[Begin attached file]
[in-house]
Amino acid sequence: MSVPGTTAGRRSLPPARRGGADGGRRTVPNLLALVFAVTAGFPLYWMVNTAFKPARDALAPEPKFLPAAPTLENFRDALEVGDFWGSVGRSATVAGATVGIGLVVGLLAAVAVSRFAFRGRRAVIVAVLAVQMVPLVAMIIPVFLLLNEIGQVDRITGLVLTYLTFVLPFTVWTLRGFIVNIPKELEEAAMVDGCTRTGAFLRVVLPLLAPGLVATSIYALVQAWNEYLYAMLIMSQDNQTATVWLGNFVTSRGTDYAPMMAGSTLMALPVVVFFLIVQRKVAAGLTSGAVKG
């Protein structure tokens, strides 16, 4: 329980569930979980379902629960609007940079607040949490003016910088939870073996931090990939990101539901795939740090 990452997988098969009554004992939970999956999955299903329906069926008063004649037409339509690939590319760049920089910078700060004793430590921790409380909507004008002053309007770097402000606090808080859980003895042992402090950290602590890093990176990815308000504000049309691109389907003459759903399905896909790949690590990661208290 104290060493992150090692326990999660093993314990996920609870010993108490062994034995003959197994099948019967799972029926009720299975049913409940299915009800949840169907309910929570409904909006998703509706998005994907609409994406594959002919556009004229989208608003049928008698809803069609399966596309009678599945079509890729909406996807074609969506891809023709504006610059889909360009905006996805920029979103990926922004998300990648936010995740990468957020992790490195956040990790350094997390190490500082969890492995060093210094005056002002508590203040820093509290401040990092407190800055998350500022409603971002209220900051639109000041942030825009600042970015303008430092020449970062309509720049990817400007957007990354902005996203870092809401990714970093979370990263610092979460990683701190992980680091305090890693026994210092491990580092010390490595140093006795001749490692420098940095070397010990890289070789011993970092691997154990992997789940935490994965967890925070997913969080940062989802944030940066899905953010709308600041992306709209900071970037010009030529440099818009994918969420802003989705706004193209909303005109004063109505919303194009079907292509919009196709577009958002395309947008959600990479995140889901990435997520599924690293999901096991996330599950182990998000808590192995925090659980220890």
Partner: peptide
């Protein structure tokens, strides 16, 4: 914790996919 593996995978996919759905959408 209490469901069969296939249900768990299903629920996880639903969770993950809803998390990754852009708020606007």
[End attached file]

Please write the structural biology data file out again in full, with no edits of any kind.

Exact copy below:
[in-house]
Amino acid sequence: MSVPGTTAGRRSLPPARRGGADGGRRTVPNLLALVFAVTAGFPLYWMVNTAFKPARDALAPEPKFLPAAPTLENFRDALEVGDFWGSVGRSATVAGATVGIGLVVGLLAAVAVSRFAFRGRRAVIVAVLAVQMVPLVAMIIPVFLLLNEIGQVDRITGLVLTYLTFVLPFTVWTLRGFIVNIPKELEEAAMVDGCTRTGAFLRVVLPLLAPGLVATSIYALVQAWNEYLYAMLIMSQDNQTATVWLGNFVTSRGTDYAPMMAGSTLMALPVVVFFLIVQRKVAAGLTSGAVKG
């Protein structure tokens, strides 16, 4: 329980569930979980379902629960609007940079607040949490003016910088939870073996931090990939990101539901795939740090 990452997988098969009554004992939970999956999955299903329906069926008063004649037409339509690939590319760049920089910078700060004793430590921790409380909507004008002053309007770097402000606090808080859980003895042992402090950290602590890093990176990815308000504000049309691109389907003459759903399905896909790949690590990661208290 104290060493992150090692326990999660093993314990996920609870010993108490062994034995003959197994099948019967799972029926009720299975049913409940299915009800949840169907309910929570409904909006998703509706998005994907609409994406594959002919556009004229989208608003049928008698809803069609399966596309009678599945079509890729909406996807074609969506891809023709504006610059889909360009905006996805920029979103990926922004998300990648936010995740990468957020992790490195956040990790350094997390190490500082969890492995060093210094005056002002508590203040820093509290401040990092407190800055998350500022409603971002209220900051639109000041942030825009600042970015303008430092020449970062309509720049990817400007957007990354902005996203870092809401990714970093979370990263610092979460990683701190992980680091305090890693026994210092491990580092010390490595140093006795001749490692420098940095070397010990890289070789011993970092691997154990992997789940935490994965967890925070997913969080940062989802944030940066899905953010709308600041992306709209900071970037010009030529440099818009994918969420802003989705706004193209909303005109004063109505919303194009079907292509919009196709577009958002395309947008959600990479995140889901990435997520599924690293999901096991996330599950182990998000808590192995925090659980220890």
Partner: peptide
């Protein structure tokens, strides 16, 4: 914790996919 593996995978996919759905959408 209490469901069969296939249900768990299903629920996880639903969770993950809803998390990754852009708020606007």